Stimulating Concepts in Chemistry

Front Cover
Fritz Vögtle, J. Fraser Stoddart, Masakatsu Shibasaki
Wiley, 2000 - Science - 396 pages
0 Reviews

Fresh ideas have always been a necessary ingredient for progress in chemistry. Without a continuous supply of stimulating ideas from creative researchers, there would be no new insights into the subject. But what are some of the ideas that pervade modern chemistry? The answer to this question is to be found in "Stimulating Concepts in Chemistry". In a collection of 24 essays, a group of leading researchers provides an overview of the most recent developments in their fields.

Readers can find out about modern concepts in chemistry such as self-assembly, nanochemistry, and molecular machines. Moreover, many spectacular advances have been achieved from the fusion of chemistry with life and materials science - a development which is illustrated by contributions on enzyme mimics, molecular wires, and chemical sensors. Further, the essayists write about new nanomaterials, efficient methods in synthesis, and big biomolecules - indeed, many of the topics that have dominated some of the recent discussions in chemistry.

This outstanding text makes use of a special layout to reflect the editors' aim of presenting concepts in the form of essays. Thus, the book is not merely another source of knowledge but is intended to stimulate readers to develop their own ideas and concepts.

This format should help to make the book interesting to a wide range of scientists. Students of chemistry will benefit from the different style of presentation of their subject, while researchers in industry and academia will welcome the exciting way in which some of the most challenging concepts in modern chemistry are presented.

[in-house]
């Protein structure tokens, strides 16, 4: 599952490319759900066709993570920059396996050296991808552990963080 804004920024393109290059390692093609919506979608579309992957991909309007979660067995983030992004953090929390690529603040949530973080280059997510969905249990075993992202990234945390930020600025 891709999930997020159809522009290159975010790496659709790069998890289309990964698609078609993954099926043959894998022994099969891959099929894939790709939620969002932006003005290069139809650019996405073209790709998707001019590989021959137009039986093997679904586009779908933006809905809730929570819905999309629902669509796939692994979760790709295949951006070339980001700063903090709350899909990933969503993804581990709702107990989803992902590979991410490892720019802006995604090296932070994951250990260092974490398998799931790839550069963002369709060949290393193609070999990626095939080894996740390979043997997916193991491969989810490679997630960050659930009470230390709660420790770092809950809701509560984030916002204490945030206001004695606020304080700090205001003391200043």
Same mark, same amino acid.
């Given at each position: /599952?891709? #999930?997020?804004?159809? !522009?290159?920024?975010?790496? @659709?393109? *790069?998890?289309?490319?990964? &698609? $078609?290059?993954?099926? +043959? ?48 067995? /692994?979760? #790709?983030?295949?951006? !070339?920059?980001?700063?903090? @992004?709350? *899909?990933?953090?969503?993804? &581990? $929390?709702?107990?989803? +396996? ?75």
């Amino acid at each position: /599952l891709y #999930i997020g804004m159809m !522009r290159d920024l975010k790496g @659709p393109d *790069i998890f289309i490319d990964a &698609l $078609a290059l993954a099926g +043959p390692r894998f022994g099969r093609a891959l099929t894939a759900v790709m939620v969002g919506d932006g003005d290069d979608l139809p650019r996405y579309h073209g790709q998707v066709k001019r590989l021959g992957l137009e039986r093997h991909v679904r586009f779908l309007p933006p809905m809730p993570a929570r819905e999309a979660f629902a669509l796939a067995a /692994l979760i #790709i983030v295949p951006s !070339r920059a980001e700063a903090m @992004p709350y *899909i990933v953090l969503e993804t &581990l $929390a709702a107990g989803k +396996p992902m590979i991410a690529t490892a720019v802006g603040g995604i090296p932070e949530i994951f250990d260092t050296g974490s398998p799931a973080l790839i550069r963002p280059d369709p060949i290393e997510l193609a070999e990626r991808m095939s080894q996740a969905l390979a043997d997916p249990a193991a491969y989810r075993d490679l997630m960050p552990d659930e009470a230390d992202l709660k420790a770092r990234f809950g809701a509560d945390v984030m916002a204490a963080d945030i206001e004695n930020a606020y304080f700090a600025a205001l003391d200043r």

What people are saying - Write a review

We haven't found any reviews in the usual places.

About the author (2000)

Univ. of Bonn, Germany.

Born in 1947, Masakatsu Shibasaki gained his PhD from the University of Tokyo in 1974. Since 1991 he is professor at the University of Tokyo. Masakatsu Shibasaki has received many awards such as the Fluka Prize (Reagent of the Year), the Elsevier Award for Inventiveness in Organic Chemistry, the Pharmaceutical Society of Japan Award, the ACS Award (Arthur C. Cope Senior Scholar Award), and the National Prize of Purple Ribbon.
Professor Shibasaki's research interests include asymmetric catalysis, including asymmetric Heck reactions and reactions promoted by asymmetric bifunctional complexes, as well as the medicinal chemistry of biologically significant compounds.

Yoshinori Yamamoto was born in Kobe, Japan, and received his M.S. and Ph.D. degrees from Osaka University. In 1986 he moved to Tohoku University to take up his present position, Professor of Chemistry. He was awarded the Chemical Society of Japan Award for Young Chemists (1976), the Chemical Society of Japan Award (1996), and the Humboldt Research Award (2002). He is the Regional Editor of Tetrahedron Letters and Volume Editor of Science of Synthesis, and he was the President of the International Society of Heterocyclic Chemistry (2000-2001). He has a wide range of research interests in synthetic organic and organometallic chemistry. His recent work focused on the use of transition-metal complexes and Lewis acids as catalytic reagents in organic synthesis and synthesis of complex natural products.

Bibliographic information